Monday, November 28, 2011


As I write and develop Book 3 of the Aglaril Cycle, I find myself weaving in many different threads into the story.  Some of planned and some are not.  The planned threads include providing information to the reader that he or she needs to understand the story and the individual plots of all the characters.

The unplanned threads are the results of character interaction.  Some of these threads I can work into the story easily because they support what I'm already doing.  But some open up areas of the story I had not foreseen.

This happened in Book 2 as well when I suddenly realized that Iriel's mother had sided with the evil elves. I did this so that in Book 3, Iriel could encounter her and deal with all the hurt and pain from her mother leaving her at a young age.  Since I had planned on the main characters encountering evil elven scouts, this was an easy one to fit together.

But I'm now finding a connection between Brashani, my fire mage, and the stranger the main characters rescued at the start of Book 3, Nancy Overton.  Nancy is a sword master and works for Duke MacPherson training the knights in the MacPherson's court.  She was ambushed by brigands on the open road after being separated from the group she was traveling with.  The main characters came to her rescue and since they were all traveling in the same direction, Nancy joined the group so she could get home safely.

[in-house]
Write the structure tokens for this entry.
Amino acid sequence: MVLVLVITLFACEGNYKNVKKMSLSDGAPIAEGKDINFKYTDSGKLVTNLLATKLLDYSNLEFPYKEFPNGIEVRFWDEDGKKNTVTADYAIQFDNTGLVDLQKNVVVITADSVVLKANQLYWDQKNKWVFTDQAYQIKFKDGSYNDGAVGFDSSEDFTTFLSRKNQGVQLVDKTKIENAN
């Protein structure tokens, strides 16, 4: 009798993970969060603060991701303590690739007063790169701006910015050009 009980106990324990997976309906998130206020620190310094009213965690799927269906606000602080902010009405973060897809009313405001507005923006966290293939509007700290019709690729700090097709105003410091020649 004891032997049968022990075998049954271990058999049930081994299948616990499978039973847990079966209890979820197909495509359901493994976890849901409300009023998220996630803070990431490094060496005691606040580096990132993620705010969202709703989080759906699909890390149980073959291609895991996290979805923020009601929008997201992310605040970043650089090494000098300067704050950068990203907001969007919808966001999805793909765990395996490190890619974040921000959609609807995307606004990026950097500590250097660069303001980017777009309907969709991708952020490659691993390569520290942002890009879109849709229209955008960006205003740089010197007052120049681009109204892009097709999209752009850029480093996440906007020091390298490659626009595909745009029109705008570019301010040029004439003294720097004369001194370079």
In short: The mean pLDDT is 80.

But Brashani does not trust her and tells Sir Ahlan this.  Ahlan manages to communicate to Nancy that her recent actions may have upset the wizard so she apologizes and offers to buy Brashani a round of drinks once they reach town.  But Brashani is suspicious and so am I.  Does this scene have any purpose?  Should there be a connection between Brashani and Nancy?  Can she help the mage with his efforts to be more accepted by the others or does she need him for some reason?

I have no answers to any of these questions but I do know that I'm going to leave all the scenes related to this thread in the book for now to see where they go.  At worst, this is just a small side plot which helps character development.  At best this is part of a larger story which I don't see the whole picture of yet.

The moral:  let yourself experience with your character to see where they go and what they do.  You'll be surprised and it will make your story better and take in place you never thought of.

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